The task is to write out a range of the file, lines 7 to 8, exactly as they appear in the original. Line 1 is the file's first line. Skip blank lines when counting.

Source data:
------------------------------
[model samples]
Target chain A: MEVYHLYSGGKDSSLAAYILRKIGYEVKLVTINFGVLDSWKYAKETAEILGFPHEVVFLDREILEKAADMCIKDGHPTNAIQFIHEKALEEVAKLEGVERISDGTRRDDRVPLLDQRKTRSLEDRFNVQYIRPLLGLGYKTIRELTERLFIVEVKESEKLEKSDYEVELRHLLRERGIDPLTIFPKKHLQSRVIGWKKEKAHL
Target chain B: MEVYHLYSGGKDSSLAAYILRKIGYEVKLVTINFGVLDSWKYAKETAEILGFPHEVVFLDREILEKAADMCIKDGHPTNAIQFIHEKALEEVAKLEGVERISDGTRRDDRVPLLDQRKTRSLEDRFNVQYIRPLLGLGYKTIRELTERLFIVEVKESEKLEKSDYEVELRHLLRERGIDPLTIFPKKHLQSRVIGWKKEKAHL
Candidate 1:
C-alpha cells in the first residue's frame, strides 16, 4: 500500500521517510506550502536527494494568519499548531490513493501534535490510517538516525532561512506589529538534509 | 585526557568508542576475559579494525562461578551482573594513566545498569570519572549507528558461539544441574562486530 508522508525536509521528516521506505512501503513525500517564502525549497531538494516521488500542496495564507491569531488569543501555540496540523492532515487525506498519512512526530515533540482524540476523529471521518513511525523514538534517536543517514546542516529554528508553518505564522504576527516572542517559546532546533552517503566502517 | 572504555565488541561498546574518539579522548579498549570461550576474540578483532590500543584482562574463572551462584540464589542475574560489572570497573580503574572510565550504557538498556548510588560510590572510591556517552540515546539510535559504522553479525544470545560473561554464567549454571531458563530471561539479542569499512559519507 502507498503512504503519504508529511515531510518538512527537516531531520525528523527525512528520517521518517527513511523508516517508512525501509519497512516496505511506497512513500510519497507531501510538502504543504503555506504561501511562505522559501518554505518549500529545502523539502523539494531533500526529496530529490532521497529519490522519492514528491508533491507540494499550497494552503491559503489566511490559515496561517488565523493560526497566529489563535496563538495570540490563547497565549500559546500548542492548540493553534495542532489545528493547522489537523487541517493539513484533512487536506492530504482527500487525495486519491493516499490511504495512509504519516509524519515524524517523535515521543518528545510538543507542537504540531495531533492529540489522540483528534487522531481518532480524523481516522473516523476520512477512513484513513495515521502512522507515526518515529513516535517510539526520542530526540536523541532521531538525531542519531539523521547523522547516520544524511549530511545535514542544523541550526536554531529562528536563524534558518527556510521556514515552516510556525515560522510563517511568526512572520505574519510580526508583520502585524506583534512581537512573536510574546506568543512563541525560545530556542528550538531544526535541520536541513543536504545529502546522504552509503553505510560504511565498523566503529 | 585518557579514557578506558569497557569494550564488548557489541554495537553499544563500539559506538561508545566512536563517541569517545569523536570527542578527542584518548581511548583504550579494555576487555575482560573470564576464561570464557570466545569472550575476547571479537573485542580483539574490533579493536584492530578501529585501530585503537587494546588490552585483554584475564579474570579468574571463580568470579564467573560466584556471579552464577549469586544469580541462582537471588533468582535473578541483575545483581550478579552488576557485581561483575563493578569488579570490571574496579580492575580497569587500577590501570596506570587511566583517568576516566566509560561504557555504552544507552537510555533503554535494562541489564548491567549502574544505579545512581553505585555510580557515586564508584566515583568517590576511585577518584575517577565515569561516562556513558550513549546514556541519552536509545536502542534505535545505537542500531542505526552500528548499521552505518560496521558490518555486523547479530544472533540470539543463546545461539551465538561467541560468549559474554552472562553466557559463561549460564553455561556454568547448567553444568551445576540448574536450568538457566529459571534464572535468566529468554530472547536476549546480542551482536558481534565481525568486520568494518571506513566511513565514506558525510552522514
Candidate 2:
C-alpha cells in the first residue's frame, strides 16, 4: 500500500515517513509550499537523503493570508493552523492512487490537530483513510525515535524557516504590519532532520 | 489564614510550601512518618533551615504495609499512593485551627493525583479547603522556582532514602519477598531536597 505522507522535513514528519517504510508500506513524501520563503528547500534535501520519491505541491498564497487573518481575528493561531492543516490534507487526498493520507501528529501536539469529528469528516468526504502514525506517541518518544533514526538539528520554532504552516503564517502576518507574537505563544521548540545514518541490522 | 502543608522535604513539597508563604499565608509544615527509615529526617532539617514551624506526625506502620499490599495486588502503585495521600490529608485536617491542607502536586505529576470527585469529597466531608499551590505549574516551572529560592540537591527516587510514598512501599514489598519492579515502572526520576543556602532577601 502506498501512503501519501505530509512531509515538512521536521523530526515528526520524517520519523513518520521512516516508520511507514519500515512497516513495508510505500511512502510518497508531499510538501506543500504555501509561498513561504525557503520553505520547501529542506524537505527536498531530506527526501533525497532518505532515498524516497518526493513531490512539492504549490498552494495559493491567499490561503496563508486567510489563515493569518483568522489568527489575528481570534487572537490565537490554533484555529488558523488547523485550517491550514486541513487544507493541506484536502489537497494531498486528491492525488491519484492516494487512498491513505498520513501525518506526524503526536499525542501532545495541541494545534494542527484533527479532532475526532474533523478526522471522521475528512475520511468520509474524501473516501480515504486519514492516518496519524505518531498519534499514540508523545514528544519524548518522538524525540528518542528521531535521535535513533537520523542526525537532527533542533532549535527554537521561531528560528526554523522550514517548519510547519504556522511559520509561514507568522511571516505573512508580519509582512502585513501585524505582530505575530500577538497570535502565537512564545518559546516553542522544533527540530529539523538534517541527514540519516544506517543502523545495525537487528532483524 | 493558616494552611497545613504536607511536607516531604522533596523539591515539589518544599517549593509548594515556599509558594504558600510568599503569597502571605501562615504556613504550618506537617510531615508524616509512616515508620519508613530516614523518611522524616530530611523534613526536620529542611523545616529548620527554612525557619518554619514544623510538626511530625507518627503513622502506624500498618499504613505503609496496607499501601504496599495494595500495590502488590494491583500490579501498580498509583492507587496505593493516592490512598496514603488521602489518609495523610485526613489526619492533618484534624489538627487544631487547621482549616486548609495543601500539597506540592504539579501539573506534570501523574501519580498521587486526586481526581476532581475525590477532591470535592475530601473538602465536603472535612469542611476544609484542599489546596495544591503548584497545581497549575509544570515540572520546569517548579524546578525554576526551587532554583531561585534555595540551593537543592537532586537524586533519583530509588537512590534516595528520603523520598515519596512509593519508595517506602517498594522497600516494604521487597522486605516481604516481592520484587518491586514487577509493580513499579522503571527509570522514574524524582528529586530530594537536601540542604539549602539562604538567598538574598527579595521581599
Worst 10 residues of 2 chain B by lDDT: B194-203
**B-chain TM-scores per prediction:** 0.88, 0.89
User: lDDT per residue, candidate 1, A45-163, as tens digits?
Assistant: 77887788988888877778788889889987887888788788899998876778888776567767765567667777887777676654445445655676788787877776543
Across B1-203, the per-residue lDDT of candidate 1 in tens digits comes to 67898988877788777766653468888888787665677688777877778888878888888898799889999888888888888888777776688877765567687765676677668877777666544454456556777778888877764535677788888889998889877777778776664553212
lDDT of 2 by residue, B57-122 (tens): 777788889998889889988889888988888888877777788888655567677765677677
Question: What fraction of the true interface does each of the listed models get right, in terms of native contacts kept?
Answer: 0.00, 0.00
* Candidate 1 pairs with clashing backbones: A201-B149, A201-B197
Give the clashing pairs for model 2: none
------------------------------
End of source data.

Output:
C-alpha cells in the first residue's frame, strides 16, 4: 500500500515517513509550499537523503493570508493552523492512487490537530483513510525515535524557516504590519532532520 | 489564614510550601512518618533551615504495609499512593485551627493525583479547603522556582532514602519477598531536597 505522507522535513514528519517504510508500506513524501520563503528547500534535501520519491505541491498564497487573518481575528493561531492543516490534507487526498493520507501528529501536539469529528469528516468526504502514525506517541518518544533514526538539528520554532504552516503564517502576518507574537505563544521548540545514518541490522 | 502543608522535604513539597508563604499565608509544615527509615529526617532539617514551624506526625506502620499490599495486588502503585495521600490529608485536617491542607502536586505529576470527585469529597466531608499551590505549574516551572529560592540537591527516587510514598512501599514489598519492579515502572526520576543556602532577601 502506498501512503501519501505530509512531509515538512521536521523530526515528526520524517520519523513518520521512516516508520511507514519500515512497516513495508510505500511512502510518497508531499510538501506543500504555501509561498513561504525557503520553505520547501529542506524537505527536498531530506527526501533525497532518505532515498524516497518526493513531490512539492504549490498552494495559493491567499490561503496563508486567510489563515493569518483568522489568527489575528481570534487572537490565537490554533484555529488558523488547523485550517491550514486541513487544507493541506484536502489537497494531498486528491492525488491519484492516494487512498491513505498520513501525518506526524503526536499525542501532545495541541494545534494542527484533527479532532475526532474533523478526522471522521475528512475520511468520509474524501473516501480515504486519514492516518496519524505518531498519534499514540508523545514528544519524548518522538524525540528518542528521531535521535535513533537520523542526525537532527533542533532549535527554537521561531528560528526554523522550514517548519510547519504556522511559520509561514507568522511571516505573512508580519509582512502585513501585524505582530505575530500577538497570535502565537512564545518559546516553542522544533527540530529539523538534517541527514540519516544506517543502523545495525537487528532483524 | 493558616494552611497545613504536607511536607516531604522533596523539591515539589518544599517549593509548594515556599509558594504558600510568599503569597502571605501562615504556613504550618506537617510531615508524616509512616515508620519508613530516614523518611522524616530530611523534613526536620529542611523545616529548620527554612525557619518554619514544623510538626511530625507518627503513622502506624500498618499504613505503609496496607499501601504496599495494595500495590502488590494491583500490579501498580498509583492507587496505593493516592490512598496514603488521602489518609495523610485526613489526619492533618484534624489538627487544631487547621482549616486548609495543601500539597506540592504539579501539573506534570501523574501519580498521587486526586481526581476532581475525590477532591470535592475530601473538602465536603472535612469542611476544609484542599489546596495544591503548584497545581497549575509544570515540572520546569517548579524546578525554576526551587532554583531561585534555595540551593537543592537532586537524586533519583530509588537512590534516595528520603523520598515519596512509593519508595517506602517498594522497600516494604521487597522486605516481604516481592520484587518491586514487577509493580513499579522503571527509570522514574524524582528529586530530594537536601540542604539549602539562604538567598538574598527579595521581599
Worst 10 residues of 2 chain B by lDDT: B194-203